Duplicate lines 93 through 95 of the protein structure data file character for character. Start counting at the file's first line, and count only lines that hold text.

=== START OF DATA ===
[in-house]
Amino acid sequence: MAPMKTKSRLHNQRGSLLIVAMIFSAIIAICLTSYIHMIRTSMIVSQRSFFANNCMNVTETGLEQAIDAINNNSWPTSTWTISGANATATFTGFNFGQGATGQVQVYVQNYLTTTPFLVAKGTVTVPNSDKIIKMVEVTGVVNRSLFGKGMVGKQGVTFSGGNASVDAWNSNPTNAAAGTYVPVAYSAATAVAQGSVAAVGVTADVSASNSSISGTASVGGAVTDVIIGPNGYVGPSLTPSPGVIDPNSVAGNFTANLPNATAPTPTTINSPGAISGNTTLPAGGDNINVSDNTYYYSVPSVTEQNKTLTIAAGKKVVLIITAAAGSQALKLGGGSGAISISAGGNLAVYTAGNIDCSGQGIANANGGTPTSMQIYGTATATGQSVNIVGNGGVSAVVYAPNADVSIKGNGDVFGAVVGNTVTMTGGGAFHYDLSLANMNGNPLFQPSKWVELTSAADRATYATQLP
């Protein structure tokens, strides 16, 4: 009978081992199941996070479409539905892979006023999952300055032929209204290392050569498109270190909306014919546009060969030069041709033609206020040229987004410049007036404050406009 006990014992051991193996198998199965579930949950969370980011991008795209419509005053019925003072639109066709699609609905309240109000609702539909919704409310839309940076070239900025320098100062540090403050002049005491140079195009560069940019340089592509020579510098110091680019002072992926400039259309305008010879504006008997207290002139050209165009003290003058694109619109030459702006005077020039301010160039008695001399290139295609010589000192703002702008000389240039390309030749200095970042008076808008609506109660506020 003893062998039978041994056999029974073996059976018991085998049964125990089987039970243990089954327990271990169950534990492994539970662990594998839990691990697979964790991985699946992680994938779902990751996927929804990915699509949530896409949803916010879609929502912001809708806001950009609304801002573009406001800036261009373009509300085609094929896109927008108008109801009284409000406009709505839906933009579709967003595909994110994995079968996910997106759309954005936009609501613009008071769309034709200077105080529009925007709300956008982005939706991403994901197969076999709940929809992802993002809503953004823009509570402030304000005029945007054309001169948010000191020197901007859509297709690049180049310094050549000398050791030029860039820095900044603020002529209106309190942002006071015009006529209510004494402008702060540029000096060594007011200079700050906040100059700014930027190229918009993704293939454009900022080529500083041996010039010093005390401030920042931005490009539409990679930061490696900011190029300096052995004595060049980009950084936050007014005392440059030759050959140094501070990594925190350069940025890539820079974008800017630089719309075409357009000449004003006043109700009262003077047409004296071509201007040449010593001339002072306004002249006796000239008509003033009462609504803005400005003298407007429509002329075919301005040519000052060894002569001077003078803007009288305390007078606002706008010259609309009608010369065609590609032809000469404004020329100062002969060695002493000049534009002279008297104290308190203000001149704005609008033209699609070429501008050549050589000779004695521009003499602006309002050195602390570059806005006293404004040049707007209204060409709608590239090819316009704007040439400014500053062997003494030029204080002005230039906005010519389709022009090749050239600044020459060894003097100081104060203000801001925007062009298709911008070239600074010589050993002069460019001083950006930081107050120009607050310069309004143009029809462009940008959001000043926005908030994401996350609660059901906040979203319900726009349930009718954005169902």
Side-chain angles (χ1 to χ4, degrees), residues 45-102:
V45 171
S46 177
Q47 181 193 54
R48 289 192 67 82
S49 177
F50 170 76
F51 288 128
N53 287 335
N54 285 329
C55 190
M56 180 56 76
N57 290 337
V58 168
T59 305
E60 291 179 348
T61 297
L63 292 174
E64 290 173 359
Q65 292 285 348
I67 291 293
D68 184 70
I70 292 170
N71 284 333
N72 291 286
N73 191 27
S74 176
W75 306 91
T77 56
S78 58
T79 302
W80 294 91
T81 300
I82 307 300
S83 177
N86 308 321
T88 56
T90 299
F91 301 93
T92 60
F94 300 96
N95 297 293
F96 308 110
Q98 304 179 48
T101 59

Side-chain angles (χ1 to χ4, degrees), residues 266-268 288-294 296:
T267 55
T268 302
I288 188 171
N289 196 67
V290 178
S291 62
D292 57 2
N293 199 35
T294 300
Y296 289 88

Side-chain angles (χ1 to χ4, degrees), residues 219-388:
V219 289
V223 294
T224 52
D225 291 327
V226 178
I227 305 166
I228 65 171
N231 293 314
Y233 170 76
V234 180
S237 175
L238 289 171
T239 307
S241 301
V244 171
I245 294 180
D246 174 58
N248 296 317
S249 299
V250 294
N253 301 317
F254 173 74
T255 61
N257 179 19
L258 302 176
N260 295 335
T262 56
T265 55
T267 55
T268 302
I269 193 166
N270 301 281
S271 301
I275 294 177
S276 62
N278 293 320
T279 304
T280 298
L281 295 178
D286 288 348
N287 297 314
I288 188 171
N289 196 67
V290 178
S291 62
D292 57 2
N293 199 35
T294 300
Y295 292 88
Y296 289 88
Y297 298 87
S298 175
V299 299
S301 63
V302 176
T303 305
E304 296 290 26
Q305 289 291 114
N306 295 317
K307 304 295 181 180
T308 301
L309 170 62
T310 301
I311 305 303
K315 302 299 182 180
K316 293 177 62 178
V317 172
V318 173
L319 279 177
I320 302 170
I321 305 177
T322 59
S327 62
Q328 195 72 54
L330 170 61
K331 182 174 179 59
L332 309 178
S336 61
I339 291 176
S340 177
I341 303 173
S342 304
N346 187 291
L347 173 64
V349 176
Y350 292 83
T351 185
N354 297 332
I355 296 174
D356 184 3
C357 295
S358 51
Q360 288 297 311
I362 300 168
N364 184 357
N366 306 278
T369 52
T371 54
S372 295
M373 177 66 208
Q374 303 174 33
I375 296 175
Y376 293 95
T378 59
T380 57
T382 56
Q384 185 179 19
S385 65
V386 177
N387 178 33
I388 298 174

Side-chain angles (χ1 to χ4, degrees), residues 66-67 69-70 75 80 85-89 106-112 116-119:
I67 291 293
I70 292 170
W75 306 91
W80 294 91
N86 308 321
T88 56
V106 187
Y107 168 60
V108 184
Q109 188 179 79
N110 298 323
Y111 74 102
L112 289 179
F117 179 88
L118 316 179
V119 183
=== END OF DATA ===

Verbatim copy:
S271 301
I275 294 177
S276 62